That puts the psalmist’s words in the right perspective. The psalmist is not suggesting that the righteous should ignore evil and oppression, leaving to God the task of establishing justice. The psalmist does, however, warn the righteous not to “fret” or obsess over retribution for the wicked. That some people seemingly escape the consequences of their evil deeds is no concern of ours. As Paul reminds us, “never avenge yourselves, but leave room for the wrath of God; for it is written, ‘Vengeance is mine, I will repay, says the Lord.’” Romans 12:19. The psalms, of course, are filled with cries for vengeance. The psalmists are not shy about telling God exactly what they would like to see done to their enemies in cringeworthy terms. Yet, in the end, they leave the business of actually punishing the wicked in God’s hands where it rightly belongs. As the prophet Jonah had to learn, God’s determinations concerning who should be punished for what, when and how severely frequently differ from our own ideas on that score.
It is tempting to believe that we are able to “make the punishment fit the crime.” But I wonder if that is really so. We might conclude that a serial killer of innocent children deserves the severest sentence we can legally impose. Yet a killer’s depravity is seldom made in a vacuum. What about the parents who abused the killer as a child? What about the doctors, social workers and teachers who noticed the bruises and cuts on his body, but failed to report them? What about the neighbors in the next apartment who heard the noise of the screams and beatings, but didn’t want to get involved and so turned up the volume on the TV? What about voting people like us who don’t want our precious tax dollars wasted on social programs designed to intervene with dysfunctional families? To be sure, criminals bear responsibility for their actions, but are they the only ones responsible? Do we really want perfect retributive justice? Or is this a case where we need to be careful about what we ask?
Justice is not the same as vengeance, though we frequently speak of it as such. Vengeance does not result in justice. More often than not, it merely perpetuates and deepens ongoing cycles of retribution, giving birth to further injustice. God’s justice is not simply or even chiefly about punishment. In God’s view, justice is restorative. It aims not merely to redress wrong (though that is surely and indispensable piece!), but to make things right between the conflicted parties. In our justice system, a case is complete once the judge or the jury renders a verdict determining who is entitled to what. But God is concerned with what happens after the verdict and what the affected parties do in response. God’s judgment is designed to bring about repentance, restitution and reconciliation-in exactly that order. Thus, the people of God are encouraged to “do justice, love kindness and walk humbly with God.” Micah 6:8. But the task of punishing the wicked lies with God alone.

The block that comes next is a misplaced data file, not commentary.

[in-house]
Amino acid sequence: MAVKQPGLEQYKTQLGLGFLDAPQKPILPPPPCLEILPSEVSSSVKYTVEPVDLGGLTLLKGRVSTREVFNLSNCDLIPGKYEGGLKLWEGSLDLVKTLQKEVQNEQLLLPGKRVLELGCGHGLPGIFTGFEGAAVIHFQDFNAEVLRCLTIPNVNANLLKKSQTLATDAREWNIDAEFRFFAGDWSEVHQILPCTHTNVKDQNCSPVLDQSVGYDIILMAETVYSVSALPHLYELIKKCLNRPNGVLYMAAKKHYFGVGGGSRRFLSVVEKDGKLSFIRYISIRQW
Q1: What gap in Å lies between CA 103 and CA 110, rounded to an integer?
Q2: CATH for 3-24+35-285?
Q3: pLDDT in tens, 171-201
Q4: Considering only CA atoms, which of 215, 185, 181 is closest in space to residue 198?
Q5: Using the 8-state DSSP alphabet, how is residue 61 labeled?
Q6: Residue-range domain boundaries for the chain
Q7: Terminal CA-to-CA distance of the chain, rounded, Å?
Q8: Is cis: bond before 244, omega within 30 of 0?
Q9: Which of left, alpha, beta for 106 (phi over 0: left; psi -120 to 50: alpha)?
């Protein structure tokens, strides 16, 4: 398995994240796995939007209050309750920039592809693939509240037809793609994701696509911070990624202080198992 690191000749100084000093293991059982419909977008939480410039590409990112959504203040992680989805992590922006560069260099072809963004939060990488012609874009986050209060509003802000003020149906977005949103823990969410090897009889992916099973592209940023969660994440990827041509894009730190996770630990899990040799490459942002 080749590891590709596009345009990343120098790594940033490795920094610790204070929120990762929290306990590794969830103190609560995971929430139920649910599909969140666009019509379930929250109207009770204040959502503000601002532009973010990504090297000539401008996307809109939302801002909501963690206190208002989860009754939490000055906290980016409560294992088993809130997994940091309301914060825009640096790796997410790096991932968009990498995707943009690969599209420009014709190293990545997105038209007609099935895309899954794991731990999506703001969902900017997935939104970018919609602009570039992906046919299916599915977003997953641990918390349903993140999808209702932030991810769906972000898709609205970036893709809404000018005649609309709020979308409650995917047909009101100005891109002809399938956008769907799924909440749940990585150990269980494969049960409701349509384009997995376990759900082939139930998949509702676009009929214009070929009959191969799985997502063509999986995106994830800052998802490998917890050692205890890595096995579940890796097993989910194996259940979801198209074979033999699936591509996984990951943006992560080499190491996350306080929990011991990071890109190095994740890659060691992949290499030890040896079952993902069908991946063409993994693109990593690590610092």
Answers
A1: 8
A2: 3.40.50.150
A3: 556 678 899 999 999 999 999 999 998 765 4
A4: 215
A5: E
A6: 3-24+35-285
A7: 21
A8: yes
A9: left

Reconciliation is the end product of justice. But justice, divine justice, restorative justice is a long process. Sometimes I believe that our resort to violence against our enemies is the fruit of our impatience with this slow justice, an attempt to make peace by skipping the hard work of justice. Here is a poem by Agnes Lee in which God’s justice appears to have been achieved through the sojourn from emnity to friendship.
For many a year
A sordid grudge we bore,
But now when he comes down the street
He lingers at my door.
For Time is closing in,
And age forgives its debts,
When family falls away like mist,
And memory forgets.
Now, as we sit and talk
Under the mulberry tree,
The only friend I have in life
Is my old enemy.
Source: Poetry, July, 1930. Agnes Lee (1868 – 1939) was an American poet and translator. She was born in Chicago, but educated at a boarding school in Vevey, Switzerland. Lee wrote a collection of children’s verse and published her first poem in 1899. She subsequently wrote several other books of poetry and translated Théophile Gautier’s Enamels and Cameos and Other Poems in 1903. In 1926, Lee received the guarantor’s prize from Poetry Magazine. You can read more about Agnes Lee and sample more of her poetry at the Poetry Foundation Website.